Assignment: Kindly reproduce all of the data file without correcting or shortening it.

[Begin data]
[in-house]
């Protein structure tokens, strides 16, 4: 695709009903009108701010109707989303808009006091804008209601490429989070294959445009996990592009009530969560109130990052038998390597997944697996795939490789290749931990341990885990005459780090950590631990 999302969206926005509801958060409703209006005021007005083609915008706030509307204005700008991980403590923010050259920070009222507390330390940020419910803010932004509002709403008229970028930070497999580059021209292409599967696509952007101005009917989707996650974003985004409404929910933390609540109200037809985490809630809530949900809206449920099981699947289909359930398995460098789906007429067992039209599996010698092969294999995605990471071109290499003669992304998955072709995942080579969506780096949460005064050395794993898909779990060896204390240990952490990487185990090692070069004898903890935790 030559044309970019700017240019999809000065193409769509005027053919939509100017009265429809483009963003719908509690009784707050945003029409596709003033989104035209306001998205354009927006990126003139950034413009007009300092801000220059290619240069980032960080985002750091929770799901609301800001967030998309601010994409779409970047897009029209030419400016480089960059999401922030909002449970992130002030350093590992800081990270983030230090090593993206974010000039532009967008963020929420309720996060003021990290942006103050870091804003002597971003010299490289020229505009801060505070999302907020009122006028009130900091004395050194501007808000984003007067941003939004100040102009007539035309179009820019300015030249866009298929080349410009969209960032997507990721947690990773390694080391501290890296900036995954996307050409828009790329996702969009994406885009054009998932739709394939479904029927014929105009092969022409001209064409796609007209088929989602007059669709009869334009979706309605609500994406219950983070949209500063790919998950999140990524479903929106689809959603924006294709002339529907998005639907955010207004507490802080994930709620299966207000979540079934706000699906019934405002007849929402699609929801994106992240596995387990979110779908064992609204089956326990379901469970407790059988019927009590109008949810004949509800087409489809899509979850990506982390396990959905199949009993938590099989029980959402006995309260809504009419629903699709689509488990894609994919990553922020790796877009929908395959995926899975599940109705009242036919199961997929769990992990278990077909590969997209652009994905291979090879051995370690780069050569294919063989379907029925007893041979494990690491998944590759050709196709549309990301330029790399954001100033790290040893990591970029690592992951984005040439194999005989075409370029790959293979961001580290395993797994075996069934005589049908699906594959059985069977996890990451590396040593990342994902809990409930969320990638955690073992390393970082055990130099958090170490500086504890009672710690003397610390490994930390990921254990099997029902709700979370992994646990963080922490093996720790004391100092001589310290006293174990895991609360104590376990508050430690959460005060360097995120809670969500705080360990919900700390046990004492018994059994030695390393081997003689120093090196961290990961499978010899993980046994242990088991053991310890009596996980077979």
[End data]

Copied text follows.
[in-house]
């Protein structure tokens, strides 16, 4: 695709009903009108701010109707989303808009006091804008209601490429989070294959445009996990592009009530969560109130990052038998390597997944697996795939490789290749931990341990885990005459780090950590631990 999302969206926005509801958060409703209006005021007005083609915008706030509307204005700008991980403590923010050259920070009222507390330390940020419910803010932004509002709403008229970028930070497999580059021209292409599967696509952007101005009917989707996650974003985004409404929910933390609540109200037809985490809630809530949900809206449920099981699947289909359930398995460098789906007429067992039209599996010698092969294999995605990471071109290499003669992304998955072709995942080579969506780096949460005064050395794993898909779990060896204390240990952490990487185990090692070069004898903890935790 030559044309970019700017240019999809000065193409769509005027053919939509100017009265429809483009963003719908509690009784707050945003029409596709003033989104035209306001998205354009927006990126003139950034413009007009300092801000220059290619240069980032960080985002750091929770799901609301800001967030998309601010994409779409970047897009029209030419400016480089960059999401922030909002449970992130002030350093590992800081990270983030230090090593993206974010000039532009967008963020929420309720996060003021990290942006103050870091804003002597971003010299490289020229505009801060505070999302907020009122006028009130900091004395050194501007808000984003007067941003939004100040102009007539035309179009820019300015030249866009298929080349410009969209960032997507990721947690990773390694080391501290890296900036995954996307050409828009790329996702969009994406885009054009998932739709394939479904029927014929105009092969022409001209064409796609007209088929989602007059669709009869334009979706309605609500994406219950983070949209500063790919998950999140990524479903929106689809959603924006294709002339529907998005639907955010207004507490802080994930709620299966207000979540079934706000699906019934405002007849929402699609929801994106992240596995387990979110779908064992609204089956326990379901469970407790059988019927009590109008949810004949509800087409489809899509979850990506982390396990959905199949009993938590099989029980959402006995309260809504009419629903699709689509488990894609994919990553922020790796877009929908395959995926899975599940109705009242036919199961997929769990992990278990077909590969997209652009994905291979090879051995370690780069050569294919063989379907029925007893041979494990690491998944590759050709196709549309990301330029790399954001100033790290040893990591970029690592992951984005040439194999005989075409370029790959293979961001580290395993797994075996069934005589049908699906594959059985069977996890990451590396040593990342994902809990409930969320990638955690073992390393970082055990130099958090170490500086504890009672710690003397610390490994930390990921254990099997029902709700979370992994646990963080922490093996720790004391100092001589310290006293174990895991609360104590376990508050430690959460005060360097995120809670969500705080360990919900700390046990004492018994059994030695390393081997003689120093090196961290990961499978010899993980046994242990088991053991310890009596996980077979």